The Rampasasa Pygmy Somatology Expedition

The interest in the biology of human pygmies did not begin with the Liang Bua find; it's been going on for awhile. The symptoms include Cavalli-Sforza's edited volume on the African Pygmies, genetic sampling of pygmy peoples of Africa in order to examine their relationships with other populations, and the question of whether the Negritos of southeast Asia may be related to some early dispersal of modern humans out of Africa. But the Homo floresiensis story has increased the interest level. It is in this context that I link to Carl Zimmer's post on the state of current Indonesian pygmy anthropology on Flores.

The fact that there are now pygmies in the region is not irrelevant to the interpretation of LB 1. They reemphasize the problem that human pygmy populations do not have australopithecine-sized brains, and focus attention on selective factors that would reduce body size in humans. I have only a couple of comments.

The team got back from Flores on April 25. While there, they went to a village called Rampasasa, made up of 77 families. About 80% of the people were pygmies. They measured 10 people who were a bit taller, with a height of 155 cm and 2 measuring 160 cm. Homo floresiensis was 130 cm. The researchers claim that these tall villagers got some extra height from having married non-pygmies from surrounding villages.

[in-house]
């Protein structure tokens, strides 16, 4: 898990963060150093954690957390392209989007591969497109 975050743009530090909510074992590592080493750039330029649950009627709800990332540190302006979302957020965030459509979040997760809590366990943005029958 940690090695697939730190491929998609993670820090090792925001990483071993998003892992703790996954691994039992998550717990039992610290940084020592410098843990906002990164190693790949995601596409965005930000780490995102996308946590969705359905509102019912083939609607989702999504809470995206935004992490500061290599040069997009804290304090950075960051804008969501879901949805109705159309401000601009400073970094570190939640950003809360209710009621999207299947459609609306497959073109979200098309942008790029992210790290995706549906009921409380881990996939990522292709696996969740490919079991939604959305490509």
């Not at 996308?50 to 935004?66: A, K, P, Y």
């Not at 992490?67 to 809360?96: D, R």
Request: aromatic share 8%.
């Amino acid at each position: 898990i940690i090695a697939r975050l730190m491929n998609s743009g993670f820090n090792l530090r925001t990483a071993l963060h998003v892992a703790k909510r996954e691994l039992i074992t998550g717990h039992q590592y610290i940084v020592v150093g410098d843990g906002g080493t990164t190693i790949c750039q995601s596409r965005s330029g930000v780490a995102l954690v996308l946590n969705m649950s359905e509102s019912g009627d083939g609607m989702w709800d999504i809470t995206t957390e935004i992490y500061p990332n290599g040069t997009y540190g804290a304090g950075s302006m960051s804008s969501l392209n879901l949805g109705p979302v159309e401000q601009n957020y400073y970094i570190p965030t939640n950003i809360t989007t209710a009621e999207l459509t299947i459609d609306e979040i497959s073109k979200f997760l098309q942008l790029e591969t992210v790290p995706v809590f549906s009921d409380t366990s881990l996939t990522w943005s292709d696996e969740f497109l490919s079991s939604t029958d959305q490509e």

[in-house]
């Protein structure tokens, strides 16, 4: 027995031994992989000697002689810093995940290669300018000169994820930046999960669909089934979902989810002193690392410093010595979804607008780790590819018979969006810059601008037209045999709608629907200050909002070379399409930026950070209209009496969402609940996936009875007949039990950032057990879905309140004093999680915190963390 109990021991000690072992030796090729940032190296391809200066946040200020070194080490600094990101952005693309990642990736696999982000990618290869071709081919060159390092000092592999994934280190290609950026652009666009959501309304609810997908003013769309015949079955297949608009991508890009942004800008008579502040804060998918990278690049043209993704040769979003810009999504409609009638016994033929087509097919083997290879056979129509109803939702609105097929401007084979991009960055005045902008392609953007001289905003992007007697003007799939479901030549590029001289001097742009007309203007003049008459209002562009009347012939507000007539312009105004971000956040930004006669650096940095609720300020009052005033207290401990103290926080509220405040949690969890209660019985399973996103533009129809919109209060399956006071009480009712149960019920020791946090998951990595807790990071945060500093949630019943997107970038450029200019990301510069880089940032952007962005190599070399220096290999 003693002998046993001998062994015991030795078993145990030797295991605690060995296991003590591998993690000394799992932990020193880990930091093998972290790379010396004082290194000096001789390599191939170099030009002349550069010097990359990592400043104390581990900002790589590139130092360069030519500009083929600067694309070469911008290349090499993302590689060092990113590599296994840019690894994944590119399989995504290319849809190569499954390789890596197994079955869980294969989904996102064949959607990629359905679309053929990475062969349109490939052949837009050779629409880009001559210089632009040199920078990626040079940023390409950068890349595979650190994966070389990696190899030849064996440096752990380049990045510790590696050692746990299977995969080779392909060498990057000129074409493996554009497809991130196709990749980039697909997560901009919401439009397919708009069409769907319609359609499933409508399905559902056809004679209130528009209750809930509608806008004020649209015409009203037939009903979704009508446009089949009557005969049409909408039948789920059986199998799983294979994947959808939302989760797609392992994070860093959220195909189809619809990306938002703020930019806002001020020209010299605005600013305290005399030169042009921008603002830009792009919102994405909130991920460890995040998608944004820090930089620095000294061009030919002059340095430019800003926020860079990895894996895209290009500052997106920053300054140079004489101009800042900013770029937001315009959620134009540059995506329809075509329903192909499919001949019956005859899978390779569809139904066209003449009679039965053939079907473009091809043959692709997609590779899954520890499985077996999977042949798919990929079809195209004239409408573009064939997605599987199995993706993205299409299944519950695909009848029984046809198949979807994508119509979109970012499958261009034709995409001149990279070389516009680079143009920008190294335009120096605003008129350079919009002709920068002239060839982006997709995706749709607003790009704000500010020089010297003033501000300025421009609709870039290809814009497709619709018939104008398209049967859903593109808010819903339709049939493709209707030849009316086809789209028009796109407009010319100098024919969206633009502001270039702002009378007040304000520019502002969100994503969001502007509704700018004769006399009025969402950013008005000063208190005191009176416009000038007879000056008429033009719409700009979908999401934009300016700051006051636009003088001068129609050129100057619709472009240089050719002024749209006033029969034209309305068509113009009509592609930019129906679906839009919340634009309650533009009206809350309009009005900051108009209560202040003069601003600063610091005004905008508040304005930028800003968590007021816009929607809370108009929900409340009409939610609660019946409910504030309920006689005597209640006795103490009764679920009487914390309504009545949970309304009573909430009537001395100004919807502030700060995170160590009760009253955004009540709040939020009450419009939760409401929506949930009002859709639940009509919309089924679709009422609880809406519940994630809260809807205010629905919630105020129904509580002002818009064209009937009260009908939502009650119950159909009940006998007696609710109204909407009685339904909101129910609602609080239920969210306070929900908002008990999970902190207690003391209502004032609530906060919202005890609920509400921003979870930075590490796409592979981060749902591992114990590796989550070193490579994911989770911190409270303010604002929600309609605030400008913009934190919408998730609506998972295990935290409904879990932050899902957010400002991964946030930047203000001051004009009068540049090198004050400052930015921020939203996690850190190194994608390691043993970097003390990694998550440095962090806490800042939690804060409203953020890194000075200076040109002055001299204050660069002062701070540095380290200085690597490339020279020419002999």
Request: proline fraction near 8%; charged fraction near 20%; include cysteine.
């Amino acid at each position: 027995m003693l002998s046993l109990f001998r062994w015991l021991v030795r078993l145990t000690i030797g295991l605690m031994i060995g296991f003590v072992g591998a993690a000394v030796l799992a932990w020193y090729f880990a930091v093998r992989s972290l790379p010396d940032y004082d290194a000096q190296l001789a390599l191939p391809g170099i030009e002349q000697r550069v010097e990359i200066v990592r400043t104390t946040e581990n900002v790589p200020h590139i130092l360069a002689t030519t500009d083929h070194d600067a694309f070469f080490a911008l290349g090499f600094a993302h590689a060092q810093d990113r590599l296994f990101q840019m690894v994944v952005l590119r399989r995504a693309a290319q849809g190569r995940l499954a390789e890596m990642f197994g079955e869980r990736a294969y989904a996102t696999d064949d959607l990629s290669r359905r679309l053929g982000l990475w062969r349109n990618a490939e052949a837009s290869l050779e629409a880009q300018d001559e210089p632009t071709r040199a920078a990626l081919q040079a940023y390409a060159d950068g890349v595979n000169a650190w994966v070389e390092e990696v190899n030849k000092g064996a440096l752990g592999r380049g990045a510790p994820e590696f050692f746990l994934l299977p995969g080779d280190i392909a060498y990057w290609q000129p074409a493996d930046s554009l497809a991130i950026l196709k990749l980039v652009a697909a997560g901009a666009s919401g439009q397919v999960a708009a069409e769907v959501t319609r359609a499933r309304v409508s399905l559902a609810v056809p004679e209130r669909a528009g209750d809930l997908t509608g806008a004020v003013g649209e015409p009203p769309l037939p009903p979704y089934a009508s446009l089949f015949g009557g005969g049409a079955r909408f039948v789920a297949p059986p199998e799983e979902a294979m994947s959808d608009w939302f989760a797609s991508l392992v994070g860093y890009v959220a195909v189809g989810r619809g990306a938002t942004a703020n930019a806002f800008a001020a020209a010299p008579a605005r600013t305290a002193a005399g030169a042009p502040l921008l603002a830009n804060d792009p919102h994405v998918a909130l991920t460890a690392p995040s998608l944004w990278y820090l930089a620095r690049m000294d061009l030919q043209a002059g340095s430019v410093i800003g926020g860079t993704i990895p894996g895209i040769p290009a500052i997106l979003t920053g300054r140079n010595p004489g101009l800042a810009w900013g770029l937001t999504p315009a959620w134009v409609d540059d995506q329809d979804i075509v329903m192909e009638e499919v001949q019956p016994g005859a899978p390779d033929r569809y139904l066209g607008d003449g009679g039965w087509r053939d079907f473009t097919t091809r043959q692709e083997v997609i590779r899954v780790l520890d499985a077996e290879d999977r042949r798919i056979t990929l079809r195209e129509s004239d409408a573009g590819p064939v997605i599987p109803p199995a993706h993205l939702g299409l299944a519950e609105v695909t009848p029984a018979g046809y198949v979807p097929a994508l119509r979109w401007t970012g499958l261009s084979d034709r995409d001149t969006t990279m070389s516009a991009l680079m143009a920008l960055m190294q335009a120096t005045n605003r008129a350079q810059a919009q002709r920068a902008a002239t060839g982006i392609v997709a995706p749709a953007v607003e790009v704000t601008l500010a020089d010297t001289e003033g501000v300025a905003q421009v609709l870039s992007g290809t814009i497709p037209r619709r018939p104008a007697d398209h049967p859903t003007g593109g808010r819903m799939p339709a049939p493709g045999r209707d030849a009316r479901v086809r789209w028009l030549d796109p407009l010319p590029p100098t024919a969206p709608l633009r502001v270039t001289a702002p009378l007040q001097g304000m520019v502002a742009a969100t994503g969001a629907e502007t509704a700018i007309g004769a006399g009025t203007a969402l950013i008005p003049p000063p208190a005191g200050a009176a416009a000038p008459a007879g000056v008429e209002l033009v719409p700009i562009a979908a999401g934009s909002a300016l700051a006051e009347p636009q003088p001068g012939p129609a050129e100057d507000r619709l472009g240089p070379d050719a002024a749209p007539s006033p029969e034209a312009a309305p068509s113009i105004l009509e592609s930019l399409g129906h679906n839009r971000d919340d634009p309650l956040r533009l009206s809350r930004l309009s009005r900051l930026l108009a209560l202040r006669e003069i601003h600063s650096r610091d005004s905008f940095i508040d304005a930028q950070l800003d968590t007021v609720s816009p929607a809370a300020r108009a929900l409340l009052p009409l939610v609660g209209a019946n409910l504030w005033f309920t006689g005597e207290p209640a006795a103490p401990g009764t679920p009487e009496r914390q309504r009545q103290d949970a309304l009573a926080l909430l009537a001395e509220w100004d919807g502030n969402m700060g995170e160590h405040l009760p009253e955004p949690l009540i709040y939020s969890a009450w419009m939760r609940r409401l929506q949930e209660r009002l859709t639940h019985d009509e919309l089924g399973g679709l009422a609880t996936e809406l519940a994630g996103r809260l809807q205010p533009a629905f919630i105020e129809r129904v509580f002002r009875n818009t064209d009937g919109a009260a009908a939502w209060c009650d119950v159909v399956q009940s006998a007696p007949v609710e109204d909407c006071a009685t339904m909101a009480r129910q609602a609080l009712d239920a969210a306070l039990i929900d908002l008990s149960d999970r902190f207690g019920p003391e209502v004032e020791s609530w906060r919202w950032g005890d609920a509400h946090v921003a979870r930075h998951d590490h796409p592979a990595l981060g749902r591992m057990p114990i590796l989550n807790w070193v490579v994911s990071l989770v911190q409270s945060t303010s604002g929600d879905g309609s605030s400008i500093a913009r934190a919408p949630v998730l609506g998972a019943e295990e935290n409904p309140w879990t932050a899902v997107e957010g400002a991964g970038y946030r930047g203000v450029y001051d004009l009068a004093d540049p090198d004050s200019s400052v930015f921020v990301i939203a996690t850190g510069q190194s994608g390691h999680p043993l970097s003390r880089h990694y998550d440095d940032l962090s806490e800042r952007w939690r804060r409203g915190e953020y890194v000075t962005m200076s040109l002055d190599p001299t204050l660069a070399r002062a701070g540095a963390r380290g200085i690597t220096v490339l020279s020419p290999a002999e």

We hear often of African pygmy populations that the stature of individuals has been increasing due to intermarriage with neighboring non-pygmy groups (often Bantus in Central Africa). This is certainly credible. It is also credible that the selective factors favoring pygmy size have been relaxed in recent, historic pygmies. If so, then alleles introduced by intermarriage would face less disadvantage and therefore spread more easily. There may even be advantages to taller stature today that are no longer outweighed by selection for smaller stature.

The source of this selection in human pygmies is plainly unknown. Energetics, themoregulation, and ecology have all been suggested, but there has been no real test of any hypothesis. Some of the mechanisms for pygmism are better known, in particular in relation to the growth hormone receptor (GHR).

So it is possible that the Flores pygmies or other Indonesian pygmy populations may formerly have been smaller in size.

It is also possible that LB 1 was taller than 130 cm. The talk at the meetings was that the stature estimates in the Nature paper had been misapplied, meaning that LB 1 should be considered to be considerably taller than 130 cm. Both possibilities reduce the weight of evidence suggesting that LB 1 was significantly small for a modern human. I don't think this thread is necessarily that significant because of the likelihood of pathology, but it does signal that the range of normal human variability should be considered more widely than has been the case.